#2. "RE: Wide angle lens advice" In response to Reply # 0
Jersey City, US
I am sure a longer term photographer with more experience will chime in, but for me wide angle and portraits would not really work.
How much of the person / object are you taking a portrait of? If it's just the face or upper body + head, you'll probably be to close and get lots of distortion.
I've taken some face shots like that of my daughter age 7, and her nose was so big in proportion to the rest of the face.
That was with about a 20mm lens.
The D5200 is an APS-C sized sensor so there is a crop factor to convert the focal length to a 35mm equivalent of 1.5x.
with that in mind the DX 35m f1.8G lens has a field of view about the same as a 50mm Full Frame (52.5mm actually). This puts it at the low end of what is considered a reasonable portrait range. It is also a very well thought of lens by most.
A 50mm lens has an equivalent field of view of 75mm, which is close to the 85mm Field of view that a lot of people use for portraits. On the D5200 you would need either the f1.8G or the f1.4G lens if you wanted autofocus.
The new 58mm would have an 87mm equivalent Field of View, but it's way more money.
#3. "RE: Wide angle lens advice" In response to Reply # 0
Welcome to Nikonians!
Wide angle lenses are generally not flattering to the human form.
Traditional portrait focal length for 35mm format is between about 70mm and 180mm. On a DX body: focal lengths from about 50mm - 120mm would provide the equivalent FOV (Field of View). That said, nothing is written in stone. Some use 35mm - 300mm+ on DX bodies and others use 50mm - 300mm+ on an FX bodies.
I would recommend shooting portraits your kit lens set to different focal lengths and see what focal length works best for your particular requirements.
When you get a few minutes, please fill in your User Profile including the Equipment tab. It will help us provide better and more specific answers to your questions. Thanks in advance.
#5. "RE: Wide angle lens advice" In response to Reply # 0 Fri 28-Mar-14 07:00 AM by sl01
How wide do you need? If you are not sure and you have a zoom lens, check exif from your (not cropped) photos which focal length you like most.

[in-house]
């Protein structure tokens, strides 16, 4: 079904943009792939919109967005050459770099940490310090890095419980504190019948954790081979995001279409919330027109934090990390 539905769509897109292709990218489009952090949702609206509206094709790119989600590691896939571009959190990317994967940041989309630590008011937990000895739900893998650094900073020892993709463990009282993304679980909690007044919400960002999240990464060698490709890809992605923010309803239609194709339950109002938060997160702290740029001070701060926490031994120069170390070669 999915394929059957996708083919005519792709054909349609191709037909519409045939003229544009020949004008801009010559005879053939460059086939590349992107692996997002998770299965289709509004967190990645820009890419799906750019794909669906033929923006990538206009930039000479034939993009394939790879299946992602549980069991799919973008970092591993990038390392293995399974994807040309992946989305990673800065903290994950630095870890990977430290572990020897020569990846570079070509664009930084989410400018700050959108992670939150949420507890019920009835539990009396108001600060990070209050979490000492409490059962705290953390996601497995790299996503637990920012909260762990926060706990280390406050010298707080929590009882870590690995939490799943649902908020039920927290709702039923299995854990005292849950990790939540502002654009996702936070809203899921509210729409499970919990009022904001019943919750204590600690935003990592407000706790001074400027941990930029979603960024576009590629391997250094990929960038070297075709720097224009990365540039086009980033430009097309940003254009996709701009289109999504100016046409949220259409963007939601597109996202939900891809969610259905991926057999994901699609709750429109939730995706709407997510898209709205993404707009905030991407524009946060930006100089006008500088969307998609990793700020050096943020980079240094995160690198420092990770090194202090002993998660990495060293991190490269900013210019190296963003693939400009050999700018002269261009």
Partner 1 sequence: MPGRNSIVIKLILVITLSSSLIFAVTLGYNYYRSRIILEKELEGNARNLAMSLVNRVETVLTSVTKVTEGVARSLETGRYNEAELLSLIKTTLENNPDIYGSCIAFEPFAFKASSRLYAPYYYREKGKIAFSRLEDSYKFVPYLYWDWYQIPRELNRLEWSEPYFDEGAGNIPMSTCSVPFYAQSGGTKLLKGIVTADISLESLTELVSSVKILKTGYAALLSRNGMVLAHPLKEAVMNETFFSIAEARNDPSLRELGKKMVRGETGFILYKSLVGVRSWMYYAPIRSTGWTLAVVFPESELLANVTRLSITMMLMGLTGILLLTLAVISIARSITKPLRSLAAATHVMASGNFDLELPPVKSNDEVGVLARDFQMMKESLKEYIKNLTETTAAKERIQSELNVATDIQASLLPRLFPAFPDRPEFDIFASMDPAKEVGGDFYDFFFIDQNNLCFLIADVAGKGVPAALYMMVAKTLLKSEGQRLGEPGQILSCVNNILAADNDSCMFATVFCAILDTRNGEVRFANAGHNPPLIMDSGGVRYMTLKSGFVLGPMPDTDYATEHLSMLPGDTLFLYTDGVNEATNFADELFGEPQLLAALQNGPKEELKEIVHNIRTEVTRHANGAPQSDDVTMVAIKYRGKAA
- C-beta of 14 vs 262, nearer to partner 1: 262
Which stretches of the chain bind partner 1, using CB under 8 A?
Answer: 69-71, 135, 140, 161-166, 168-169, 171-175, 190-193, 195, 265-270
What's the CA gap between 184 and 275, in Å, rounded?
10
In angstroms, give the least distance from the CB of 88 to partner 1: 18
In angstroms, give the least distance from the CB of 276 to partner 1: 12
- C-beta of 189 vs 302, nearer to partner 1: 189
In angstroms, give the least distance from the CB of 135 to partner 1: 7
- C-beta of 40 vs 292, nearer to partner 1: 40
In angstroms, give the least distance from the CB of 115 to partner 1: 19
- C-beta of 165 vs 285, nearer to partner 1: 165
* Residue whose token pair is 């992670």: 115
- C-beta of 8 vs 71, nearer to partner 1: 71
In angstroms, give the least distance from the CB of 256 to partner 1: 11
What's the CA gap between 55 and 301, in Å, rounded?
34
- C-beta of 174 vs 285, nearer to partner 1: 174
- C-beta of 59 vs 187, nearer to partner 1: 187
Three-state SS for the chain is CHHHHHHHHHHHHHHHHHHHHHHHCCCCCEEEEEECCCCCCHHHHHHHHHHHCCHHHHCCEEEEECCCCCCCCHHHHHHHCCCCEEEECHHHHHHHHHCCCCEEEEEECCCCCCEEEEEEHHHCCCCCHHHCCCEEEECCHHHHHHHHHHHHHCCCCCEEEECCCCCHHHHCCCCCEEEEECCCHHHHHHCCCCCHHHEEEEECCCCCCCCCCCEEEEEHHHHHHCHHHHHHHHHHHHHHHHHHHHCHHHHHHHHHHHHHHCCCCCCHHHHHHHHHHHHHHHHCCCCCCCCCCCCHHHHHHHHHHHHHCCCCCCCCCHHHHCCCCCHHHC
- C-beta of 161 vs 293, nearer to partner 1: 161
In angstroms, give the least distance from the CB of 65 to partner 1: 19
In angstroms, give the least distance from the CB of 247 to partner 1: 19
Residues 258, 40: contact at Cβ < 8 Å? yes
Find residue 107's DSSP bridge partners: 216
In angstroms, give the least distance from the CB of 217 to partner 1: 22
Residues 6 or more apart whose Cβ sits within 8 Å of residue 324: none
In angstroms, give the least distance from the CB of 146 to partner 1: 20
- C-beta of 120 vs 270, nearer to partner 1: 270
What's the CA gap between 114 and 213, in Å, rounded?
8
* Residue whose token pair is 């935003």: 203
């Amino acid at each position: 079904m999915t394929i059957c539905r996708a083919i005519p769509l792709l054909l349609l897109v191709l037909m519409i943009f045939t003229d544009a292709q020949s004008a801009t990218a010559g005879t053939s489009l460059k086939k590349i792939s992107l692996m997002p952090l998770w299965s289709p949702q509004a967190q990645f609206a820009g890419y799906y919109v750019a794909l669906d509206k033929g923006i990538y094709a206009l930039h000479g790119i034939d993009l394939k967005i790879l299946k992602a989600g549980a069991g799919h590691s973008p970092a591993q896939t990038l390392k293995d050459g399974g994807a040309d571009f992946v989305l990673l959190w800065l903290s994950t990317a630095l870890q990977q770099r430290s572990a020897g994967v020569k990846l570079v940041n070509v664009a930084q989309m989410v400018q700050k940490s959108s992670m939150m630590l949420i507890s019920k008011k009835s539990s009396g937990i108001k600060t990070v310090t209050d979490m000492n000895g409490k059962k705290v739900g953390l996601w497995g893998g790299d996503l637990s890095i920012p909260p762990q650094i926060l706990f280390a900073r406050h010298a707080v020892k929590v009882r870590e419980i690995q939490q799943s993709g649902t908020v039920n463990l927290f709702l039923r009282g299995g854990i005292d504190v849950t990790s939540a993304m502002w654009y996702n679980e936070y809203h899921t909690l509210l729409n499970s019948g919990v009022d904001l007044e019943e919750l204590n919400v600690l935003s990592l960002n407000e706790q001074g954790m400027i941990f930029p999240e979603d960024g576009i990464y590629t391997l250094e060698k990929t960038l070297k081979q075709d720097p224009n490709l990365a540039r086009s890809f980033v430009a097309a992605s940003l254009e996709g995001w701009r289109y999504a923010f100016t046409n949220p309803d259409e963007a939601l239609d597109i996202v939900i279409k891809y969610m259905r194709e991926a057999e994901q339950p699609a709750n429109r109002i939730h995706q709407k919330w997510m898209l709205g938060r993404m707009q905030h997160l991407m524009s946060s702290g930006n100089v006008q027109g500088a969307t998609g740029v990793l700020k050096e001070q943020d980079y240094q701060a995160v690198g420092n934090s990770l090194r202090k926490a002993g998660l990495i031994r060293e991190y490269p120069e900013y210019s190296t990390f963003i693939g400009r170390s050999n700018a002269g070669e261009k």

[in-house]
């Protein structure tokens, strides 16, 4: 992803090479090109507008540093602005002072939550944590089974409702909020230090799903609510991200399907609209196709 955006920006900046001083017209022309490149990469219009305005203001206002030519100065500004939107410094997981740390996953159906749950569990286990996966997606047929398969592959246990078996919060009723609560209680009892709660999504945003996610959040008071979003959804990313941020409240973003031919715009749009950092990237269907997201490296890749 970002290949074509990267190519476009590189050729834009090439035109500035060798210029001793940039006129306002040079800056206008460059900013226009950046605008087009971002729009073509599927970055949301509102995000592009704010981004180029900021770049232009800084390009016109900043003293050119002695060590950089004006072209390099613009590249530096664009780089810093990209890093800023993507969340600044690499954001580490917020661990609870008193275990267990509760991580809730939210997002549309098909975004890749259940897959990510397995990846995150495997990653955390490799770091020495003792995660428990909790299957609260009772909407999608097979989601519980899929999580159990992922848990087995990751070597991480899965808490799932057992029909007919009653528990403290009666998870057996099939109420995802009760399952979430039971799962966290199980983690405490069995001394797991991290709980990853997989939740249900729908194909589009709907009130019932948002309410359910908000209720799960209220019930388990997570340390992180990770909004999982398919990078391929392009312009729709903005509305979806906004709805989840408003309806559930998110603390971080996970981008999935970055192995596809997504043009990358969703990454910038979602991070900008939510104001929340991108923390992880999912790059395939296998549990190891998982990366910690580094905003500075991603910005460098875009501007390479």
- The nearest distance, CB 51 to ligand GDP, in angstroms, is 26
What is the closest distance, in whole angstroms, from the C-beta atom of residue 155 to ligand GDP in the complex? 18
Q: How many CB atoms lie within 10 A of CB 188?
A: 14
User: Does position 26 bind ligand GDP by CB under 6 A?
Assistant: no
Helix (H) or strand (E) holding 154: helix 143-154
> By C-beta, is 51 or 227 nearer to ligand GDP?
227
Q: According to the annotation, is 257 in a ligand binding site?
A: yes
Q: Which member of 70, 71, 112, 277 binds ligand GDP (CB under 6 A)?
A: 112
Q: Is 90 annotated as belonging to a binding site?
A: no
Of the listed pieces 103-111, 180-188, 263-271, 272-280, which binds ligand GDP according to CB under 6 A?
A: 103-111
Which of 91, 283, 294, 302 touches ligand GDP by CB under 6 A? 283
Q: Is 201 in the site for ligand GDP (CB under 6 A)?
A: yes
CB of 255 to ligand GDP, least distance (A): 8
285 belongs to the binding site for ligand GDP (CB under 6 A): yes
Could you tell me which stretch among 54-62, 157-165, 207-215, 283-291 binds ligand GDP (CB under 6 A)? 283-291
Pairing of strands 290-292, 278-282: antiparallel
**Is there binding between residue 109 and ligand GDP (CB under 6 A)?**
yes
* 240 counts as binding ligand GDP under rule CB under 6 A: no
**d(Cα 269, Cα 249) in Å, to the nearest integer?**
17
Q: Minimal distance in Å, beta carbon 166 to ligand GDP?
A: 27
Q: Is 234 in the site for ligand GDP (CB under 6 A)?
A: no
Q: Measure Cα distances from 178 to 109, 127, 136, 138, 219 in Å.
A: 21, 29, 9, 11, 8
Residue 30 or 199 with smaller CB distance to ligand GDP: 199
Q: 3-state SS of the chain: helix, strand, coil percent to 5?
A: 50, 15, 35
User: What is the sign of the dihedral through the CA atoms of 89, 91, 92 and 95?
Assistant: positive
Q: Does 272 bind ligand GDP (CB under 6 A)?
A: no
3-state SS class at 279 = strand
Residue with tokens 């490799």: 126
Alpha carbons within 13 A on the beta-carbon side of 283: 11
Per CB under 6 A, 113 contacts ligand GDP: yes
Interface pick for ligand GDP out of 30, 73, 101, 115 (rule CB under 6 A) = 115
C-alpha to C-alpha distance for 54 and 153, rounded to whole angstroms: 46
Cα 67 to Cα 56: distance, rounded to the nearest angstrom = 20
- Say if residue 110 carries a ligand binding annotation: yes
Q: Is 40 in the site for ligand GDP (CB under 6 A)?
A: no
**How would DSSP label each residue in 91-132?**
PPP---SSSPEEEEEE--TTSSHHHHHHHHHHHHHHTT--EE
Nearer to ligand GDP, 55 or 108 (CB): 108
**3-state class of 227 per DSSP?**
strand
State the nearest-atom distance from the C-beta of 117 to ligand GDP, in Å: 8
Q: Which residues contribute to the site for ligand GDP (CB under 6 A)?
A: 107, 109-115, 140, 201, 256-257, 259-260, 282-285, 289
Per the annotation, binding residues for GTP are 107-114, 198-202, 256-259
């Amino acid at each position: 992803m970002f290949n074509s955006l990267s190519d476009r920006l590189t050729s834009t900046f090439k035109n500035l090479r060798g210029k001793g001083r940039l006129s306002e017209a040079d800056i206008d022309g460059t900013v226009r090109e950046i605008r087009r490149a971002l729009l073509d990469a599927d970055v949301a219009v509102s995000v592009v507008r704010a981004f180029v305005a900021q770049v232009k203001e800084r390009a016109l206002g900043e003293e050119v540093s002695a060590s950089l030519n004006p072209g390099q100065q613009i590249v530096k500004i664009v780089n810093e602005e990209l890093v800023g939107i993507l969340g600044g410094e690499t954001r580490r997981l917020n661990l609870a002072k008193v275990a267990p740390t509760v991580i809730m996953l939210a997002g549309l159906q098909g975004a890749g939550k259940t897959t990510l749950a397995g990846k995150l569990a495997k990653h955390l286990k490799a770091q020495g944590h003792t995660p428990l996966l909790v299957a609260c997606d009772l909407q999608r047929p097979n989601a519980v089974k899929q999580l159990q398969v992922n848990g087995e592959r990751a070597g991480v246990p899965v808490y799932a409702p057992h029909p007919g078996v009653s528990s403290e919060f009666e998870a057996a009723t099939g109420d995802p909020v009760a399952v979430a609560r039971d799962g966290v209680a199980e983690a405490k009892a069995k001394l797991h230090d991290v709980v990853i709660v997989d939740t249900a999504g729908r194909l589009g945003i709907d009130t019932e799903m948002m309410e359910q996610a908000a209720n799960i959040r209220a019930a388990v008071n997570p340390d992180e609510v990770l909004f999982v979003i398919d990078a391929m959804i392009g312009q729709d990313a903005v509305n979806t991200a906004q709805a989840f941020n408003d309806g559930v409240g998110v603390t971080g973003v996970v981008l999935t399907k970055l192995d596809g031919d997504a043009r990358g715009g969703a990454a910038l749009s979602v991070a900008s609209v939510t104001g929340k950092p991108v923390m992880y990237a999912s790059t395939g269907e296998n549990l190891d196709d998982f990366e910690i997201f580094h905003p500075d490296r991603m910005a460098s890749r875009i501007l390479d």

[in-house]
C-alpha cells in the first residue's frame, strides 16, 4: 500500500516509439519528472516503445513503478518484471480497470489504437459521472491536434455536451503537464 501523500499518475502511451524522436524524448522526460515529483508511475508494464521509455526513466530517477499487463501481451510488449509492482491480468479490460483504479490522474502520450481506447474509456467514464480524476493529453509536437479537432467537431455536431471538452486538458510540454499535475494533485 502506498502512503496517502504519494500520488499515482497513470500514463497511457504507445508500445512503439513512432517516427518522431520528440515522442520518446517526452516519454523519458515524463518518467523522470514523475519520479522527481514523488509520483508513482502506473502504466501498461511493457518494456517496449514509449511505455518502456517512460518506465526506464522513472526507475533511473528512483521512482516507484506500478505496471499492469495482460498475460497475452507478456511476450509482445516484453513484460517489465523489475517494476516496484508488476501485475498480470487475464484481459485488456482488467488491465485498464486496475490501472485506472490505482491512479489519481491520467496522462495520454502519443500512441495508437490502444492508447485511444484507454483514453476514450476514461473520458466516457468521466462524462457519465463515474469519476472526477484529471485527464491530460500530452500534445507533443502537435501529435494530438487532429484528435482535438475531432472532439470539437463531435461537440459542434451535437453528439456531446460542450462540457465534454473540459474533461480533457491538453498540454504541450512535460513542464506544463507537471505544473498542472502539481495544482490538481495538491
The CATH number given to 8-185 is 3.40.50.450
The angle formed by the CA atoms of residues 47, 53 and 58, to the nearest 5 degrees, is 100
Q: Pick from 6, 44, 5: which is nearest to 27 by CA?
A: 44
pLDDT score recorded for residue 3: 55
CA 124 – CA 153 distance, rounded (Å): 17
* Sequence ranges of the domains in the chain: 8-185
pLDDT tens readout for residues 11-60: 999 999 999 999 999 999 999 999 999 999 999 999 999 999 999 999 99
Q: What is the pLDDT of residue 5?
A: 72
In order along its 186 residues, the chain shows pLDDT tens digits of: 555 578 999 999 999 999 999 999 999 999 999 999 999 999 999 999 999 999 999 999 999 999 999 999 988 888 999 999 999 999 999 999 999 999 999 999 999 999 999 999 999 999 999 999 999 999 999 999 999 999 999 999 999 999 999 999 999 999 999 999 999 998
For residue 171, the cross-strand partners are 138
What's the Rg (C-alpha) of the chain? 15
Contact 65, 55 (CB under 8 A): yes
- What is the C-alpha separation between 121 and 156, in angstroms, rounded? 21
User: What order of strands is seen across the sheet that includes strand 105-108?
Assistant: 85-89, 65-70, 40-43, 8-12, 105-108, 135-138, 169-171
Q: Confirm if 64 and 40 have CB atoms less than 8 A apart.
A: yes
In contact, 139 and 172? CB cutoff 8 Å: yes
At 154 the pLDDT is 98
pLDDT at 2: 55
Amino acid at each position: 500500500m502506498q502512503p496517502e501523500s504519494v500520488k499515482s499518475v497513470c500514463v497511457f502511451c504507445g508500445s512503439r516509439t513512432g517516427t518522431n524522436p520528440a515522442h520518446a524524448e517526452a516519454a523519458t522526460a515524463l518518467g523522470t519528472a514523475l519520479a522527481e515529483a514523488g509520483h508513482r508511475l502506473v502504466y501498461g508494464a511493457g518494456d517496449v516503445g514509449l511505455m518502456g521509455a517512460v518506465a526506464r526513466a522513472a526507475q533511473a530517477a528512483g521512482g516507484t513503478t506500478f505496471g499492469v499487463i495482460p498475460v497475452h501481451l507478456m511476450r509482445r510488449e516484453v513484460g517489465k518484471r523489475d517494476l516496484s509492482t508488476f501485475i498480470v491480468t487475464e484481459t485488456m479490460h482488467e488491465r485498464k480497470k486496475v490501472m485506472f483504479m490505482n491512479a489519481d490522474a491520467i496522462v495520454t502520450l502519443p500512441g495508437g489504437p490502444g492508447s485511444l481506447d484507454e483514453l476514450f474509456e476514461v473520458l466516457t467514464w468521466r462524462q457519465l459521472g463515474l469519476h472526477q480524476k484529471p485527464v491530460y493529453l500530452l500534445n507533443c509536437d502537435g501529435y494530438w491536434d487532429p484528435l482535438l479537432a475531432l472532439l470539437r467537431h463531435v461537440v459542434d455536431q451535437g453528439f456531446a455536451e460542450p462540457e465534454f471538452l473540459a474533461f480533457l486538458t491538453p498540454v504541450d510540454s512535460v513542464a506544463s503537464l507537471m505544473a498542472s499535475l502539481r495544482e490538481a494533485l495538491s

Words "wide" and "portrait" usually don't seat together, unless you make "progressive" portraits. In my opinion, the widest eventually "portrait" lens, which autofocuses with D5200, is very good and not too expensive: Nikkor AF-S 35mm f/1,8 G DX . Regards S.
#7. "RE: Wide angle lens advice" In response to Reply # 0
On my D5200 I shoot the 35mm f/1.8 of the 50mm f/1.8. I have zooms too but I don't favor them as much at least for portraits. You can get shallow depth of field and a nice background. With longer lenses the background blurs fine but there isn't anything to it after the depth compression. The wider aperture allows a lot more freedom to make even old people look good. I proper soft focus can be kinder with sharp eyes. These are both about $200 or less.
At wider than 35mm you have to get "in your face" close. Forget flash then and the distortion gets bad plus fast lenses get expensive in a really wide. You can do cool stuff like that but it's not what a traditional portrait is like.
Right now I'm loving the 50mm for people. I'v also got a new Lensbaby f/2.0 80mm that straight on is nice glass. It's harder to shoot as it's all manual plus no light meter (true for all Lensbaby for all Nikon D3xxx and D5xxx cameras). They work but you have to work harder.
The 35mm and 50mm are just flat out fun lenses for portraits or otherwise and you can't get the nicest Nikon glass cheaper than either of these. They both come in a f/1.4 but you'll pay many times more. The 50mm in an f/1.2 is total manual. Nikon makes a 40mm, 60mm, as well as an 85mm. all these could be candidates but they all cost a lot more and you need to feel certain about any of those and perhaps for other reasons too.
#9. "RE: Wide angle lens advice" In response to Reply # 0
Welcome to Nikonians. On my D5300 I would not use anything wider than 35mm for portraits due to the factors mentioned by posters above. All correct in my opinion. Distortion of peoples faces is not a good thing to have. I use Nikkor 50mm f/1.4, Nikkor 58mm f/1.4 for portraits as they both give wonderful subject isolation from the background and no noticeable distortion. The 50mm is not very expensive and is a really nice lens on the D5300.